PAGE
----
Act now

“In the case of climate change we don’t have the luxury of time. If we need to take any actions, we have to take it as early as possible,” says Dr Rajendra K. Pachauri, Director General, TERI India and Chairman IPCC
 In an exclusive interview, internationally acclaimed environmentalist Dr Rajendra K. Pachauri speaks with Subhajit Roy and discusses why Modi’s Gujarat model of optimising renewable energy will work for India. He also urges early actions to tackle with the climate change-related issues.
How do you look at the present government’s initiative towards promoting renewable energy?We have to see what is going to happen. What I know is that when the Prime Minister was the Chief Minister of Gujarat, he did more for the renewable energy than any other chief minister in the country. He has not only shown us the vision but also the determination for implementation. As we know in Gujarat, the canals have been covered with photovoltaic panels. That has huge benefits — there is no need of land, and it cuts down on evaporation. With the lower temperatures of photovoltaic panels, the performance also improves. Besides, people living by the canals can get electricity supply. All I would say is when he was the Chief Minister of Gujarat, he did a remarkable job of promoting renewable energy. I am sure this will be the case now as he is the prime minister.
Do you feel that the Gujarat model will work for India as well? As far as renewable energy is concerned, it will certainly work because we have the required technology and demand. Economics also supports it.
PV manufacturing sector was facing some challenges. What are your suggestions to deal with DCR-related issues?I don’t know enough about the manufacturing sector as far as photovoltaic is concerned. Anyone who is in this field in India is bound to do well simply because the growth of the market is going to be phenomenal. There is no doubt about it.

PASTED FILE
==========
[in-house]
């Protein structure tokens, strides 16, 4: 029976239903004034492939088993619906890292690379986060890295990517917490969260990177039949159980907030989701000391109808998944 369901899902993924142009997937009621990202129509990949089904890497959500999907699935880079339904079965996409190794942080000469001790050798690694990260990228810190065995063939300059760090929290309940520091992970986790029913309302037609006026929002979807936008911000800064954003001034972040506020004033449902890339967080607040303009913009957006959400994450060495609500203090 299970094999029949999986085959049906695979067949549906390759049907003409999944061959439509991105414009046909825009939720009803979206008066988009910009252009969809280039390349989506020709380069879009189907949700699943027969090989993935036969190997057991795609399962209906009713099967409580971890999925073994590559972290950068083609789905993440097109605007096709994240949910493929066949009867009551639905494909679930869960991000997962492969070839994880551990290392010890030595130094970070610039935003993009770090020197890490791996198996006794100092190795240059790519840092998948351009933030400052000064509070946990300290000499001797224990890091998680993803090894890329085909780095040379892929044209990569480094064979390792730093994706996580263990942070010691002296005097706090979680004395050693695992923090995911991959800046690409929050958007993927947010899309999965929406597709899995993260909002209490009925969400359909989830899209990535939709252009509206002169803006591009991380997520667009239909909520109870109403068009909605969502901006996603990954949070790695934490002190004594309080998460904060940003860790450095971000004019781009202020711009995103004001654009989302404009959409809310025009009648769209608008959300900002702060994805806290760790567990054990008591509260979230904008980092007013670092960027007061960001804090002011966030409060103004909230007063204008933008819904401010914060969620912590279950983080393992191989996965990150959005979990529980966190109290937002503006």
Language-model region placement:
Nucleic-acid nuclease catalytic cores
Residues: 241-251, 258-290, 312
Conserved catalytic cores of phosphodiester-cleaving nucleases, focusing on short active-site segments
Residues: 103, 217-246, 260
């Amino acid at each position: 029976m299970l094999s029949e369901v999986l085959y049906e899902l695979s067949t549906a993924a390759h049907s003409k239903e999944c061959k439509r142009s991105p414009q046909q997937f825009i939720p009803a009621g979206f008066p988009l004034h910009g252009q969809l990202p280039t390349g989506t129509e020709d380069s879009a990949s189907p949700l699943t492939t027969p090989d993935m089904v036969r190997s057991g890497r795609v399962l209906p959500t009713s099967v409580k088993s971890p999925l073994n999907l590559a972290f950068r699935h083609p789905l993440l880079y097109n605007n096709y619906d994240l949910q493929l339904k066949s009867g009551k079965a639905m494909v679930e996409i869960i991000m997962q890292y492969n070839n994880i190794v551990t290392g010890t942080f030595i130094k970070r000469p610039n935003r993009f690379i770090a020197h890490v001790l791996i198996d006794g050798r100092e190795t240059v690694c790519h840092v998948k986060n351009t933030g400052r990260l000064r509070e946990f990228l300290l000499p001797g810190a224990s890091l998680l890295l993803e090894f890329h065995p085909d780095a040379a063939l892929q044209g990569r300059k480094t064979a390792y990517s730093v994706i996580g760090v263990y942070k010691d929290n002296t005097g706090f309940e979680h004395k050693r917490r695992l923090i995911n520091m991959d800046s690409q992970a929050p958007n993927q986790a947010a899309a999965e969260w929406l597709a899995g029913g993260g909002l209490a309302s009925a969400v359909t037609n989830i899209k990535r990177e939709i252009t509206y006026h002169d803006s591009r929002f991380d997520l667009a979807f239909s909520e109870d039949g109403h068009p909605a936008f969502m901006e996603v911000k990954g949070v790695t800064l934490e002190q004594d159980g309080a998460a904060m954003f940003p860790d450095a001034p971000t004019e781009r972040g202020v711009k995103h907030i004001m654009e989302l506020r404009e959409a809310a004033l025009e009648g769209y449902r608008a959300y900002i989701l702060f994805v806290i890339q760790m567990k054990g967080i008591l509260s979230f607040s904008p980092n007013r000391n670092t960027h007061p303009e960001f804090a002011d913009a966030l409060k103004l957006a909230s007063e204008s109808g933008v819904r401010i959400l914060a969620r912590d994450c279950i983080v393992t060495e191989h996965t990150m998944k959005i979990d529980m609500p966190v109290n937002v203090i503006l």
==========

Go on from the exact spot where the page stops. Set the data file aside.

The government aims at achieving targets of 20,000 MW of solar power generation by 2020. Your comments.I hope that the government will raise its ambitions to a higher level. Also the cost of solar power has come down. Eight years before, nobody knew that the cost will come down so much. My own expectation is that it will further come down significantly. Therefore, solar cost will become even more competitive in the future.
Talking about climate change what is the way to come out from the conflict among developed and developing countries?Frankly speaking, I don’t think there is a conflict. This is a part of negotiations, and these things take time — for example, if we look at the WTO or other international negotiations. Most importantly, in the case of climate change, we don’t have the luxury of time. If we need to take any actions we have to take it as early as possible. That can be done in many ways. We can do it in our own home, our own countries as well as internationally.

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